Beware monsters who harm children


Note: Cross posted from [wp angelfury] A Human Rights Issue-Custodial Justice.



http://ydr.inyork. com/ci_13780982

Beware monsters who harm children


Updated: 11/13/2009 02:31:06 PM EST

Ostriches abound. Who knew that so many existed in central Pennsylvania, of all places? Not the large, flightless bird, of course, but the citizenry that has adopted the behavior made famous by this grounded avian. No need to be aware of what occurs. Evil acts are to be ignored, shunned, unspoken of -- heads are buried in the sand. Ignore it and it will go away.

It hasn't yet.

* * *

It started innocuously enough, a lingering hand here, an intimate brush there. It escalated. Skin-to-skin contact, groping breasts, watching her without her clothes on. He told her not to say anything to her mother. After all, "he" was her stepfather, and her mother would likely believe his word over that of an 8-year-old girl.

We'll call her Roberta.

He continued to touch her more intimately. He engaged in oral sex, vaginal sex and anal sex with her. It was not an isolated incident. It was an ongoing, horrific nightmare.

Friends would come to visit. When one stayed the night, he came in and got on top of her friend on the bed, held her down and rubbed his privates against hers. He tried to get them to watch a pornographic movie and solicited them to have sexual contact with each other. They refused.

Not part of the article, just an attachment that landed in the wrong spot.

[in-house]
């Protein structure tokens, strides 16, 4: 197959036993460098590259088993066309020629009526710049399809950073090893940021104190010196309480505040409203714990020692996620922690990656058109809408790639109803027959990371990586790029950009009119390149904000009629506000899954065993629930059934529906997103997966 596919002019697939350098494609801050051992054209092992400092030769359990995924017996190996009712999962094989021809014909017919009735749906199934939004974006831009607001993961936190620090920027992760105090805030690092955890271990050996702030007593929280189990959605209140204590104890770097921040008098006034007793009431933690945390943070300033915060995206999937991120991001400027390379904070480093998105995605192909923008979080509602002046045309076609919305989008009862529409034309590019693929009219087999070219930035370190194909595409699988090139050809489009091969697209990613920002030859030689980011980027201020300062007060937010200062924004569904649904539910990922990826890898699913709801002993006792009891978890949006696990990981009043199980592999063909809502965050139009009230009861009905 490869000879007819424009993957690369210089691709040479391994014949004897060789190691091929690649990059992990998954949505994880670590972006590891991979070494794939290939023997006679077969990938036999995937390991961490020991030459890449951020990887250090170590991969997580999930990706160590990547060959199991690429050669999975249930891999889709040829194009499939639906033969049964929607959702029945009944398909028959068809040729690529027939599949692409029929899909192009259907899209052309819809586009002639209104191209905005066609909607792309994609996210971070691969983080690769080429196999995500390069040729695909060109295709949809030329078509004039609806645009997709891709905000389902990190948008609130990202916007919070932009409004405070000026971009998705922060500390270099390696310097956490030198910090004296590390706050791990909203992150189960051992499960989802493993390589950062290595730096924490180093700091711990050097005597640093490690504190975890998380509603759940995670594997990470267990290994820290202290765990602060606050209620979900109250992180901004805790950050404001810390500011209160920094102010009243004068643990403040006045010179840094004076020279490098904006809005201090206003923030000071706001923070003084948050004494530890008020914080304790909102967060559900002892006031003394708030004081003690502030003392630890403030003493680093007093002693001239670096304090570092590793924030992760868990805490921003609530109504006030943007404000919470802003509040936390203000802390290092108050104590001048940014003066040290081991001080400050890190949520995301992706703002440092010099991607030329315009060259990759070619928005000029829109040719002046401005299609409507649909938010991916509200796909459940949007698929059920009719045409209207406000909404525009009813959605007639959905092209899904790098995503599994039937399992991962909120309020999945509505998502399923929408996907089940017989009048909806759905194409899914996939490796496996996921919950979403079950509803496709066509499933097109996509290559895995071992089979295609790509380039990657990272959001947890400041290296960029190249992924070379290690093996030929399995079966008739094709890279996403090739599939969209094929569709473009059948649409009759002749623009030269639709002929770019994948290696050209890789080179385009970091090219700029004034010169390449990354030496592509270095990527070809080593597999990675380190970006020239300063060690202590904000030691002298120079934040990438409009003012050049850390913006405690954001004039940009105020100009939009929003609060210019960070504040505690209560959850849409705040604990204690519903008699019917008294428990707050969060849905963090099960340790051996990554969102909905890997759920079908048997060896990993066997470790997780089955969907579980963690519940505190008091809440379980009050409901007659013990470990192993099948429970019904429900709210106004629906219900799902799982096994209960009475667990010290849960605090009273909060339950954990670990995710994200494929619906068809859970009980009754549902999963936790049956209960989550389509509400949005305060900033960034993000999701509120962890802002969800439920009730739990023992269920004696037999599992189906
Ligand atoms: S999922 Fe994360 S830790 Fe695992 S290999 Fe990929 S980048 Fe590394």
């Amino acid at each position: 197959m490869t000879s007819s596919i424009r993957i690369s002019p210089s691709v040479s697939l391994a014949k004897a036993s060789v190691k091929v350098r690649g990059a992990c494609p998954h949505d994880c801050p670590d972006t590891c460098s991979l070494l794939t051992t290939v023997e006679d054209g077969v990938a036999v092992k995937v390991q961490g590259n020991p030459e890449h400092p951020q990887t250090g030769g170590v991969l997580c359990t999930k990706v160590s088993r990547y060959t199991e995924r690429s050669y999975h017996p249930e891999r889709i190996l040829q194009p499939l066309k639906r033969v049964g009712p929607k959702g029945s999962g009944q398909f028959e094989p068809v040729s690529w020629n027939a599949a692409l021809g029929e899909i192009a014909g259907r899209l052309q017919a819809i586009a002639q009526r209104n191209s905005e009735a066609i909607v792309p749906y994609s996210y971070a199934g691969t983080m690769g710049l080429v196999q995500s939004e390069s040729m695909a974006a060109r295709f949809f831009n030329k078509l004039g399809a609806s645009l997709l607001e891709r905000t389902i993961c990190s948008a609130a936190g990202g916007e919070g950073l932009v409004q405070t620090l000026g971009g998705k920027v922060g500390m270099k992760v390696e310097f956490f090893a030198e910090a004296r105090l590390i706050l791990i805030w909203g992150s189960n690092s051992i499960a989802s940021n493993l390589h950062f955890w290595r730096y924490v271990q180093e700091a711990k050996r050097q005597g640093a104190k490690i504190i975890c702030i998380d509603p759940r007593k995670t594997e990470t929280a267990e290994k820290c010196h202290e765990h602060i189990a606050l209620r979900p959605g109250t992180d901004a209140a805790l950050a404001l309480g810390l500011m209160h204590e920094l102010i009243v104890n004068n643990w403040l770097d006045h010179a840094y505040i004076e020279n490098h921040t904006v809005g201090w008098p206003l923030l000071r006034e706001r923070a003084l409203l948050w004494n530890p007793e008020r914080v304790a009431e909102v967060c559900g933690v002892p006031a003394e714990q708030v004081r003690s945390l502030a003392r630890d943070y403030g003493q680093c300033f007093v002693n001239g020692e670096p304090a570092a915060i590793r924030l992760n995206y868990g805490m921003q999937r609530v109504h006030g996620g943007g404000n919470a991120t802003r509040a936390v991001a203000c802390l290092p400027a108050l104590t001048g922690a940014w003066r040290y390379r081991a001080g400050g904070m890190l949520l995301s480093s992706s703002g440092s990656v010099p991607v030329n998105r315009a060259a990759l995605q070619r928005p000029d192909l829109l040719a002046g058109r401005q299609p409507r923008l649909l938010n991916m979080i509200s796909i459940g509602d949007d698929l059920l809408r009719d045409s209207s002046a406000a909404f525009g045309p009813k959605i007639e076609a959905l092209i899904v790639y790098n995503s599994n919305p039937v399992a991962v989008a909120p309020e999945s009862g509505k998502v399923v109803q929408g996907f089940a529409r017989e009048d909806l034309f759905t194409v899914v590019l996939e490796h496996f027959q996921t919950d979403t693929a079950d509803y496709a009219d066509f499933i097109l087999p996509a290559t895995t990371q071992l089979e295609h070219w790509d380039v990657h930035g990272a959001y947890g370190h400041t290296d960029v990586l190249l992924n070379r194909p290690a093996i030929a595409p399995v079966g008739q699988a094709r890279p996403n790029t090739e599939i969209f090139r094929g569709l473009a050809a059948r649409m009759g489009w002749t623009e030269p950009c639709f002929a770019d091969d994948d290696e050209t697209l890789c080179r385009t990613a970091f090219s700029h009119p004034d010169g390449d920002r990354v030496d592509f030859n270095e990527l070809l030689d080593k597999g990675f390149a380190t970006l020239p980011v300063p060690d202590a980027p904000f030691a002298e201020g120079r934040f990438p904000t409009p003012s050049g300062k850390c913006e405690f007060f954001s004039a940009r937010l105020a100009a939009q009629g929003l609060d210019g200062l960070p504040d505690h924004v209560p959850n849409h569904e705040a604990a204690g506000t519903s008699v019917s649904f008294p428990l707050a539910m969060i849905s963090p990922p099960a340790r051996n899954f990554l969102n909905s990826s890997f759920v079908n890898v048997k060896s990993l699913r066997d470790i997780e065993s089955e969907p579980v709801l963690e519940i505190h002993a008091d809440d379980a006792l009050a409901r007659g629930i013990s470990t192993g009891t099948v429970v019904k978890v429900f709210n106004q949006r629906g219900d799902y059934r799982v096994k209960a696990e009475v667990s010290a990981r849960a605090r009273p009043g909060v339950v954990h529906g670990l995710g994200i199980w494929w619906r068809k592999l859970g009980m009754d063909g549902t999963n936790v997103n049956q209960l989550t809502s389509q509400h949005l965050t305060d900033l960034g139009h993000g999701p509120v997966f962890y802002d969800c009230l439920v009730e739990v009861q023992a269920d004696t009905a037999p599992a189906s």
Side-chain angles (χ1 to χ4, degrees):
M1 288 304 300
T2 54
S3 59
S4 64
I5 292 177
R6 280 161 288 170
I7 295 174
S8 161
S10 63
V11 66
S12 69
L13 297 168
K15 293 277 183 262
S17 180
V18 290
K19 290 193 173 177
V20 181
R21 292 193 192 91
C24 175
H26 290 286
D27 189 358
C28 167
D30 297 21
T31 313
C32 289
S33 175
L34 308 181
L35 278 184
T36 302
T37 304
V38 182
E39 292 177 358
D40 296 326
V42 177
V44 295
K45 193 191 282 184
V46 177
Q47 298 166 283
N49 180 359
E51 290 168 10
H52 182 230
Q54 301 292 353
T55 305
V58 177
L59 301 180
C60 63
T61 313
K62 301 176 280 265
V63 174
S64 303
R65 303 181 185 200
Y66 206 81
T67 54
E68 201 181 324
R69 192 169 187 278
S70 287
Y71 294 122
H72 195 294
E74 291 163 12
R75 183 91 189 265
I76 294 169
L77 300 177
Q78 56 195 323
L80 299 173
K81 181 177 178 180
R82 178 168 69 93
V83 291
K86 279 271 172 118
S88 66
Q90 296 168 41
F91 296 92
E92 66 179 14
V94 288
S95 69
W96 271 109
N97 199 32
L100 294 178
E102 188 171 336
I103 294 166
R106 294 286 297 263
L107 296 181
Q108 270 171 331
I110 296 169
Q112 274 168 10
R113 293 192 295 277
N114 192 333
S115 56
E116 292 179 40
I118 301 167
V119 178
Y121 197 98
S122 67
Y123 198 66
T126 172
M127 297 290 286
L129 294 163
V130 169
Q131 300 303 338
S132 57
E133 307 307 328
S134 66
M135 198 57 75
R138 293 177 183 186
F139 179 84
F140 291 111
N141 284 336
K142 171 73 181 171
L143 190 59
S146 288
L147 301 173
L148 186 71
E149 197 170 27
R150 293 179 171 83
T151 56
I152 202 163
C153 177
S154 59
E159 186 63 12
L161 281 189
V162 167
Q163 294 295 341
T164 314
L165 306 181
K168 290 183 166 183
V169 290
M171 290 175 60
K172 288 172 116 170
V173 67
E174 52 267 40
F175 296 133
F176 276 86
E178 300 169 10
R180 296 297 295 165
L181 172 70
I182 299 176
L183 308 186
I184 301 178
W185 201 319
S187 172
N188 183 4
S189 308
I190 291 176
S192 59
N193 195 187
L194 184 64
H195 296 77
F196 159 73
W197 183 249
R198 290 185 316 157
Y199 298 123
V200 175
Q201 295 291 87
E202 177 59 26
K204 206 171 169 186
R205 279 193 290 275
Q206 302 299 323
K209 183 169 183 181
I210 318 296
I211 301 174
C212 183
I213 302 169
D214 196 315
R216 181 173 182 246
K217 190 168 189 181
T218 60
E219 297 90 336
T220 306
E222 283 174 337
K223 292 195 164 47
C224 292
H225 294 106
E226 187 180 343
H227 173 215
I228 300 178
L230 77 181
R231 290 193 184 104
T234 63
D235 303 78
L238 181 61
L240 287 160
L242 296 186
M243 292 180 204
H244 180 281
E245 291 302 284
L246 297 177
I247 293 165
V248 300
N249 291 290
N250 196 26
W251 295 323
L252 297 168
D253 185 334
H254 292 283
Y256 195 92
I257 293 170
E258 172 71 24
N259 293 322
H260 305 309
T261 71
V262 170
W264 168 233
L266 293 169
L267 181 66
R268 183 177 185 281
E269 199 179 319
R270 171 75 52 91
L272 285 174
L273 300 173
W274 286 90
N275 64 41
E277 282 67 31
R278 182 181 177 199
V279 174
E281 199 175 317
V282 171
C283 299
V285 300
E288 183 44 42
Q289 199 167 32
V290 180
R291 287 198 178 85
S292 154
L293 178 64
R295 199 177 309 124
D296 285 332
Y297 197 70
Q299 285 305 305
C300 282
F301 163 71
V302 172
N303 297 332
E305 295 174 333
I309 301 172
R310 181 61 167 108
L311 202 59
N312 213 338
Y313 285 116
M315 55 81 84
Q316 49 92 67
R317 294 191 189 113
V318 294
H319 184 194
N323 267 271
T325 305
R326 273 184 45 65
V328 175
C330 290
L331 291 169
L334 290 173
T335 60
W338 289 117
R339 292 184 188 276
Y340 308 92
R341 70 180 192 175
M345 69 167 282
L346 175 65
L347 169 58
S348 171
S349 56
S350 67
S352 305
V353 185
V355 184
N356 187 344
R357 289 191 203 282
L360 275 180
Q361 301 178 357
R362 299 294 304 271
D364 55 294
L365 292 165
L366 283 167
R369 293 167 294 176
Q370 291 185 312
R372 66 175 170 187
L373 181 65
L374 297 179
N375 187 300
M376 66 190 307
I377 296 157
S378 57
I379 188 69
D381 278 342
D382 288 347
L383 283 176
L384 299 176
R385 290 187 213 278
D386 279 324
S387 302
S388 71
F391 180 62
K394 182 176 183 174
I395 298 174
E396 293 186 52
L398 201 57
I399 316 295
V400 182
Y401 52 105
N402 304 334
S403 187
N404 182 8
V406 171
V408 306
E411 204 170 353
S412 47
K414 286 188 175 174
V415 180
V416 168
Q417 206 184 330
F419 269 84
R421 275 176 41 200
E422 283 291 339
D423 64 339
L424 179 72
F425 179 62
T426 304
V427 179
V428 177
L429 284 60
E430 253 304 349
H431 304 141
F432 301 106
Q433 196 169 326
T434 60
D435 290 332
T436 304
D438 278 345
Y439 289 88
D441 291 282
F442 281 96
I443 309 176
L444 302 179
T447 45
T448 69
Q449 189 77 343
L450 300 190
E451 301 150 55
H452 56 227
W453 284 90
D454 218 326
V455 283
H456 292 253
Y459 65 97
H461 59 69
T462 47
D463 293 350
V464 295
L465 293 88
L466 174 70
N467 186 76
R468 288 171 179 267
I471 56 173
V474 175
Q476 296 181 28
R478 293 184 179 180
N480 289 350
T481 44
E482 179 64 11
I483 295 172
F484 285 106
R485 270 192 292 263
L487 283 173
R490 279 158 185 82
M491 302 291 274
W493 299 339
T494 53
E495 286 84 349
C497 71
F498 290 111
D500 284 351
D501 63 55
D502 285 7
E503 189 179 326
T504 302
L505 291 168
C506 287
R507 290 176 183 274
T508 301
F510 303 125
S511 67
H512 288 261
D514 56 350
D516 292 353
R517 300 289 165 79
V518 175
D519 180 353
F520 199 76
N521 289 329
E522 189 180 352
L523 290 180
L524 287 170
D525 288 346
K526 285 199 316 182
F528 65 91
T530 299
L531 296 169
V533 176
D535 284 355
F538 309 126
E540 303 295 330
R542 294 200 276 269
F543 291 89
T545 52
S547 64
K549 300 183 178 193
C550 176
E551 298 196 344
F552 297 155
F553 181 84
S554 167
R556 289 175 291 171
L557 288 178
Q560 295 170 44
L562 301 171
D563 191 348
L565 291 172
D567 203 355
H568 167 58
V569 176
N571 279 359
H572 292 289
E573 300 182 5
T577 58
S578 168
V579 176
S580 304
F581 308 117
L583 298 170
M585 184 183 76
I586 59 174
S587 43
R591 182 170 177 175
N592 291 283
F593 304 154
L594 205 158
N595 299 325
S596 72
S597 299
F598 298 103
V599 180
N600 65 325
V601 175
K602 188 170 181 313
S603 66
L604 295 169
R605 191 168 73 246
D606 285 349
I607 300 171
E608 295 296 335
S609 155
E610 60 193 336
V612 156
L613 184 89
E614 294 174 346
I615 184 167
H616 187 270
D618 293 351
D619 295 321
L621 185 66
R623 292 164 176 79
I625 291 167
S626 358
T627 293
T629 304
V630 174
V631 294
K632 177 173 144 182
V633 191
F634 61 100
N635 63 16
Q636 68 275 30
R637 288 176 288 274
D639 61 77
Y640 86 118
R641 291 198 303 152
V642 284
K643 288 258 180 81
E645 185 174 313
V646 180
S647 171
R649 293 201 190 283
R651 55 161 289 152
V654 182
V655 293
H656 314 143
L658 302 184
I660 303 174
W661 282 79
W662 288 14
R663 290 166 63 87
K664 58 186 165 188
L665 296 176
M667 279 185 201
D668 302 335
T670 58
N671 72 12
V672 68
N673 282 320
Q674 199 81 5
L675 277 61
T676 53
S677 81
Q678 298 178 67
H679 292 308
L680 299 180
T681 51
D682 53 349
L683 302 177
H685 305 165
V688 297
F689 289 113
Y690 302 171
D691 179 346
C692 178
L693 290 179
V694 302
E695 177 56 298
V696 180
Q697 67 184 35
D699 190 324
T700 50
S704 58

It didn't always happen that way. Diane, Michelle and Stacy (not their real names) would visit many times. When they visited, and "he" was home, they inevitably ended up in the basement. He would force them all to havesex with him. He would "demonstrate" oral, vaginal and anal intercourse on his stepdaughter, then perform the acts on each of the girls. Diane said it hurt a lot. She didn't tell anyone because he threatened her. Diane was the oldest. She was 8.

Michelle and Stacy verified everything that Diane and Roberta said. Stacy and Michelle explained how "he" would have all of the girls perform the sexual acts on each other while he watched, and sometimes took part. They were told not to tell or he would hurt them. Stacy and Michelle were 6 years old.

* * *

Unfortunately, this is not fiction. It occurred here in York County. If not for the brave action of Roberta reporting the abuse, it may never have come to light. When her stepfather was imprisoned, Diane, Michelle and Stacy felt safe enough to come forward.